For most people, work isn’t just about money. Fulfilling work also provides purpose and structure for our lives. It helps us feel part of the collective experience with shared goals and meaningful roles in our communities. But today, work isn’t working for many Americans. Wages haven’t increased above inflation in 40 years. Many companies are replacing in-house workers with contractors, and on-demand workers—to whom they pay lower wages and offer fewer benefits. Full-time jobs with benefits are increasingly rare, and a lot of work doesn’t even pay a living wage. It seems the relationship between work and reward (the meritocratic dream of America) is breaking down. Many people work hard and yet aren’t paid in accordance with their effort, annulling one of the principles that built this country.
In the future, with increasing automation, and a growing independent work force, we’ll also need fewer people to provide the stuff we need, and work will no longer be the universal provider it has been. Some experts are already dismissing work as yesterday’s answer and arguing that calls for full employment are impossible and unnecessary. And bringing back “jobs” has nothing to do with Mr. Trump’s nostalgic call for America’s past and blaming immigration, and trade deals.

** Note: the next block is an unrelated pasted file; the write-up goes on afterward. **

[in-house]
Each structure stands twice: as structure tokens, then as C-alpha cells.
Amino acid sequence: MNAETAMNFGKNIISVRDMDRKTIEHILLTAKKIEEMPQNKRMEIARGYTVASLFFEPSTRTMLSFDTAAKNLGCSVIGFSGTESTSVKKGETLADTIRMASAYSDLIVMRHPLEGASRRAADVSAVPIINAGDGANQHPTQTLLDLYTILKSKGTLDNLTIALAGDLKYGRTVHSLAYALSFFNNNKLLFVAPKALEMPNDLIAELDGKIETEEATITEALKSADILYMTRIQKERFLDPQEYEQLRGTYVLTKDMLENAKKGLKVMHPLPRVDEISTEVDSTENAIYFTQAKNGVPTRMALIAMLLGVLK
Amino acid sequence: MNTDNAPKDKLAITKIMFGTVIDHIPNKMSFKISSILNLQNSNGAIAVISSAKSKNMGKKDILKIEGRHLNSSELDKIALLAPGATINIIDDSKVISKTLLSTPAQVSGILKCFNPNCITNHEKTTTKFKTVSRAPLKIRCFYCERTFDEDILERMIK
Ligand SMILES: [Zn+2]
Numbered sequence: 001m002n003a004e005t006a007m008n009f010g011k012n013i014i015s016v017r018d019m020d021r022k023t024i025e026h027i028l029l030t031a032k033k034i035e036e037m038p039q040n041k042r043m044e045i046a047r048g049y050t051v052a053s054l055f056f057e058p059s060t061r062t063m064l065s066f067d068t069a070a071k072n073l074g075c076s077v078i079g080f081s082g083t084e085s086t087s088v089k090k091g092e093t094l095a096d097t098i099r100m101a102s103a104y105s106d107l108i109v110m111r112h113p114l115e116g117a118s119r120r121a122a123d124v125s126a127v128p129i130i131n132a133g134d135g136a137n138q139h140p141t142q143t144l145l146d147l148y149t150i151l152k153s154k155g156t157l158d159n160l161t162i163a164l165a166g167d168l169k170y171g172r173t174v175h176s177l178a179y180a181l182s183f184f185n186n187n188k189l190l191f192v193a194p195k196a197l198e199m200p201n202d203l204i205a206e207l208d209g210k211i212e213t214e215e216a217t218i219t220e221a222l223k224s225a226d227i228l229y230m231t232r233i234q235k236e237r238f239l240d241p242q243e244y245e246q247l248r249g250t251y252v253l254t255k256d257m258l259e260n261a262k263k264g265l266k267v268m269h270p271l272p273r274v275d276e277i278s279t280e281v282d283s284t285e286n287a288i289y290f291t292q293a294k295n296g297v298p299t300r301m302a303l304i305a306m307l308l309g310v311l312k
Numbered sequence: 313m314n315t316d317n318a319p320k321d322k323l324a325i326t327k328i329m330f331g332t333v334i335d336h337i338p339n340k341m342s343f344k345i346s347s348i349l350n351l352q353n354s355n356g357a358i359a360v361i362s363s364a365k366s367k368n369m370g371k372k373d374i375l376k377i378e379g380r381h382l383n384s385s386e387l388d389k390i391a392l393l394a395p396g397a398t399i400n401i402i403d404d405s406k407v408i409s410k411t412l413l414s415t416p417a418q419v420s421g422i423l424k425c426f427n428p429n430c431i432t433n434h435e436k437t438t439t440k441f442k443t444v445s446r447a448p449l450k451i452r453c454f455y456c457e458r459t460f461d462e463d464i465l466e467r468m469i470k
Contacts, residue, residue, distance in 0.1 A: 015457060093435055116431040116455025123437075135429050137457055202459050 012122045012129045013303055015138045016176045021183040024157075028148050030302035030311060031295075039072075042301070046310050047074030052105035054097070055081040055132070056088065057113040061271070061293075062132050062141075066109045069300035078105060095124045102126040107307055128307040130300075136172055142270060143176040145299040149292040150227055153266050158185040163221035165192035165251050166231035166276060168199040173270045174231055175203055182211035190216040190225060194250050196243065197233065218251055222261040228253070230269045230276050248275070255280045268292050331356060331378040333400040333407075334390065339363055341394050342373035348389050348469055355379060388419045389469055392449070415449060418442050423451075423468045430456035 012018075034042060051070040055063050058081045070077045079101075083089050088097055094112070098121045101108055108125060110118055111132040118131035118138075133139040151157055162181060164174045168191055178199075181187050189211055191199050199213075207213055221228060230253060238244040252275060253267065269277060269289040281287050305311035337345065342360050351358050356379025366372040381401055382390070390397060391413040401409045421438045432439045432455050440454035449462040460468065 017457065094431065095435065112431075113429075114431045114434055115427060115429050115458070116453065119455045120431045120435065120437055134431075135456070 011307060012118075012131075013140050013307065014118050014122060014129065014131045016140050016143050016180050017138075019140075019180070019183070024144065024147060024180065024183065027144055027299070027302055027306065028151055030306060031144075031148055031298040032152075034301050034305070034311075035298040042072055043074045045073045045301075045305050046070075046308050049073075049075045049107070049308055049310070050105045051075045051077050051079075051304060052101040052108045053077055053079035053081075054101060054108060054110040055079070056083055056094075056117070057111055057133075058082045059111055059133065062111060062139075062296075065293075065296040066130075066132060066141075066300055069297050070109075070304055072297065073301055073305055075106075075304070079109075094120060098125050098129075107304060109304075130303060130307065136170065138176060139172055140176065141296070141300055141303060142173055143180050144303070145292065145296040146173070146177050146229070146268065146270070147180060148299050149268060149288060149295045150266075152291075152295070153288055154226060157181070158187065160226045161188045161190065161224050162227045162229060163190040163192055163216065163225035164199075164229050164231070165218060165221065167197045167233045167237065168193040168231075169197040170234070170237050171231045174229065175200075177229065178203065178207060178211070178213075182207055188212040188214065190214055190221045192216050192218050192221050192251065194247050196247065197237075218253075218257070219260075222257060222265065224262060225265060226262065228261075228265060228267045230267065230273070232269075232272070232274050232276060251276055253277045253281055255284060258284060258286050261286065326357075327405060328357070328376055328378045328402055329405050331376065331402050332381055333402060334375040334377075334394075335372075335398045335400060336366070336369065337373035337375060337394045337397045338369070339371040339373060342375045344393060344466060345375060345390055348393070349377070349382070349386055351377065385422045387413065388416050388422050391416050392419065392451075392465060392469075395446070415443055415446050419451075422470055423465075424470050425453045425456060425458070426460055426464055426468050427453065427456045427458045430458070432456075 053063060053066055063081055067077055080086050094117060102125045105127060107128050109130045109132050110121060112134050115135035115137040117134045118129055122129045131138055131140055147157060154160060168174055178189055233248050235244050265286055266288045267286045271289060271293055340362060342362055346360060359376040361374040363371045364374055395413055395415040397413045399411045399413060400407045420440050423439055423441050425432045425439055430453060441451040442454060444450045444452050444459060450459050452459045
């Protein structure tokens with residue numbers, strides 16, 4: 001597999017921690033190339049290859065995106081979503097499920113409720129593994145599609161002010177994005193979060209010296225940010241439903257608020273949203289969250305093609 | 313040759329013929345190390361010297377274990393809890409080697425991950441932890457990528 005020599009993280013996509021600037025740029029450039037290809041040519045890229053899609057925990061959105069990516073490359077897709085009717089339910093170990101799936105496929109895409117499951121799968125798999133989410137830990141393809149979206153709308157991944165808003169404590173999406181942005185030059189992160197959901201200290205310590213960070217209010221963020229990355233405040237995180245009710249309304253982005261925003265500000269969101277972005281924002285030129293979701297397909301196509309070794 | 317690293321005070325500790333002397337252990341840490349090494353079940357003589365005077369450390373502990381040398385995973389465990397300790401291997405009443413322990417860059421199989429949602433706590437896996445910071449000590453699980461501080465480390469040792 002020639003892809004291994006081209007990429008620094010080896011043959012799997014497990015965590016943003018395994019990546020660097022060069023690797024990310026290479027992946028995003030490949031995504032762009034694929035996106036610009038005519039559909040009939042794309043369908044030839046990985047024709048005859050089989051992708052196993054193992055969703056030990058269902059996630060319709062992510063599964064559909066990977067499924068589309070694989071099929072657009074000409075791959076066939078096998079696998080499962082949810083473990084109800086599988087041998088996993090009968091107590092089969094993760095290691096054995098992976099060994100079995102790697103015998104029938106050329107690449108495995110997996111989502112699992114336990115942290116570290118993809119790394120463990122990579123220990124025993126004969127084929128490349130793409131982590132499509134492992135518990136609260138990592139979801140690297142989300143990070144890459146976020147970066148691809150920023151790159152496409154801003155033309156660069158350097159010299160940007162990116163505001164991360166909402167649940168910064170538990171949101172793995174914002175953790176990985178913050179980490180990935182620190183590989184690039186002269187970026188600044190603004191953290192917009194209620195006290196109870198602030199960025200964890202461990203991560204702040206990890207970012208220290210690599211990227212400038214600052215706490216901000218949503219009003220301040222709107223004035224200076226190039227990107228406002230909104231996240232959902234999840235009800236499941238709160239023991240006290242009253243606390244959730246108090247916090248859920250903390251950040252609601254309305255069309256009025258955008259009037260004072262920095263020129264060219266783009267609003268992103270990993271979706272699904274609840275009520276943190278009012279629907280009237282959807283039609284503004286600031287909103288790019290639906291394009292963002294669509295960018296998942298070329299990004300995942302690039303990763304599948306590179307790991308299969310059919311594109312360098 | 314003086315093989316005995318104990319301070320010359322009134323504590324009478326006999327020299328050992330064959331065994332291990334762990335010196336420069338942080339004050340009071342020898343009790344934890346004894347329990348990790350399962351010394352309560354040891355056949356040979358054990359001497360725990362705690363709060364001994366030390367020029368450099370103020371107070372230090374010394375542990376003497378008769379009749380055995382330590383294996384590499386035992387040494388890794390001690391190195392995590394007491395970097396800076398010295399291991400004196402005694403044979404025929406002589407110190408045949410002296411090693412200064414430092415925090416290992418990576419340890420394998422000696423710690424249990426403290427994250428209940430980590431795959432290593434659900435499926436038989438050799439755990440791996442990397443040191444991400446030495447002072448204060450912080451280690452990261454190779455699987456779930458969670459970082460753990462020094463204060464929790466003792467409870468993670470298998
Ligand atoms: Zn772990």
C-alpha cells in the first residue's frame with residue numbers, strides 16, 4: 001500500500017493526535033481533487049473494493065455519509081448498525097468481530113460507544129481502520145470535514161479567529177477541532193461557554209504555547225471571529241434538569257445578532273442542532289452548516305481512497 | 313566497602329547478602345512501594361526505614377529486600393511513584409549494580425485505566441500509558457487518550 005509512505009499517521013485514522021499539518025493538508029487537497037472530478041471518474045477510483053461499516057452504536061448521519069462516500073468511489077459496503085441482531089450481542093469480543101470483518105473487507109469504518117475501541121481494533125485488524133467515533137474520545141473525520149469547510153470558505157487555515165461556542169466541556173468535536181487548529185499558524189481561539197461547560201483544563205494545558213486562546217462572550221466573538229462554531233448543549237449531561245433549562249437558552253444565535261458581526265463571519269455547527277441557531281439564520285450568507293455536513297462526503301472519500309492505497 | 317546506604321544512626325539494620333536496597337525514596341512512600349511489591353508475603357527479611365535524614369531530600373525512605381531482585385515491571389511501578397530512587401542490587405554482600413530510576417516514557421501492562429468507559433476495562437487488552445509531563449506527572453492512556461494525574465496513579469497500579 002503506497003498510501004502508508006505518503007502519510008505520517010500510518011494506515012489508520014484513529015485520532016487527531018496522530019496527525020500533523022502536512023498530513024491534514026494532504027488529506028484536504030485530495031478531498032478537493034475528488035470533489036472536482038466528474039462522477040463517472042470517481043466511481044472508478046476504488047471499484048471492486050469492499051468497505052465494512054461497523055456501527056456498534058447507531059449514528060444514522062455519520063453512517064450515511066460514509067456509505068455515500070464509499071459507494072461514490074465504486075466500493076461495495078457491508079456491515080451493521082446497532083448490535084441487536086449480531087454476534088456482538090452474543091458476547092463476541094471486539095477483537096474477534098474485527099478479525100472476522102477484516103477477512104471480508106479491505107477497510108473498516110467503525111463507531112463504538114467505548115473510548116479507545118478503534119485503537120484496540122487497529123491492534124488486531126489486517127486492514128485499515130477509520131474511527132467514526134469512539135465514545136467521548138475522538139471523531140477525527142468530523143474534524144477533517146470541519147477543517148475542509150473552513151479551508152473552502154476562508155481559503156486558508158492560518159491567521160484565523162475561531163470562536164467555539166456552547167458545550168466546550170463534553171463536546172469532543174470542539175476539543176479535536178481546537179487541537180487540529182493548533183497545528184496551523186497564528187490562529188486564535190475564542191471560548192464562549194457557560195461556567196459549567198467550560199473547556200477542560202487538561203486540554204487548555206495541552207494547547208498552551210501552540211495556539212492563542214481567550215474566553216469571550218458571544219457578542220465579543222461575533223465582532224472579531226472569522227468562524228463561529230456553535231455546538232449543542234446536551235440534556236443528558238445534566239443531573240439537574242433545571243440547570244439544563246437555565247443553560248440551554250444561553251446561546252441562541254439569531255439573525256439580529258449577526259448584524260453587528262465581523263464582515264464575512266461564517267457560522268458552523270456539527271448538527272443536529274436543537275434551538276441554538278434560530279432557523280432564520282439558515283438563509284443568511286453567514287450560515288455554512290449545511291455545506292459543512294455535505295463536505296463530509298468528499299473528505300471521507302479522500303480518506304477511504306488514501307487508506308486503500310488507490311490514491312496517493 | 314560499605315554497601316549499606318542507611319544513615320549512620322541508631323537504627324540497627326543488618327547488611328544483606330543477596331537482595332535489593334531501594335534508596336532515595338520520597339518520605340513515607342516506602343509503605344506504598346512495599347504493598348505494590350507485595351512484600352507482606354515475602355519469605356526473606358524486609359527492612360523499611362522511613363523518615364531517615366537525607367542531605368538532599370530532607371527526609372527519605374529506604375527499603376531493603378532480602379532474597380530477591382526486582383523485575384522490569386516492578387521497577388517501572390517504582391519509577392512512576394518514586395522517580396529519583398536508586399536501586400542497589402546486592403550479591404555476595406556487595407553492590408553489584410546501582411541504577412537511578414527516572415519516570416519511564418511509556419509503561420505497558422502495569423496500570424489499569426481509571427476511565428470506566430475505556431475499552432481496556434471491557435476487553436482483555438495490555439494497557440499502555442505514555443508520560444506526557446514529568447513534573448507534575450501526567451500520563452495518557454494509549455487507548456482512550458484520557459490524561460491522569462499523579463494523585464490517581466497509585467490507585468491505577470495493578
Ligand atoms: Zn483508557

So what can be done? There are many shared economy solutions worth considering; here are two:
(1) development of co-working spaces—substituting for the loss of social interaction for independent workers and providing collectively-owned equipment. (2) Create a new worker category for tax and saftey net purposes: the “independent worker”, with some Social Security and Medicare payroll taxes. This compromise category would support subcontractors (i.e. Uber drivers) who are currently paid under a 1099 (vs. W-2) tax code without accruing any benefits.
With the likelihood of technology displacing the working class over-time there are increasing calls (on the left and the right) to consider a universal basic income (UBI), where the state gives everyone enough money to meet daily needs. UBI advocates argue that a simple basic income provides a floor under the neediest that encourages creative work, like looking after children or grandparents.
Ideally, we’d keep the best parts of work, but lose some of the negative effects, including the increasingly unequal distribution of income and the fact that a lot of work remains demoralizing and dangerous. We’re a long way from a post-capitalistic future. Yet, if we add a basic UBI we reform work by freeing everyone to take on work that they want—truly a new American Dream.
Ben Schiller, “To Save the American Dream, We Have to Change the Way We Think About Work,” Fast Company, March 13, 2017, https://www.fastcompany.com/3068322/to-save-the-american-dream-we-have-to-change-how-we-think-about-work
Dom Galeon, “Elon Musk: Automation Will Force Governments to Introduce Universal Basic Income,” Futurism, February 14, 2017,
Student Researcher: Alora Phillips (San Francisco State University)
Faculty Evaluator: Kenn Burrows (San Francisco State University)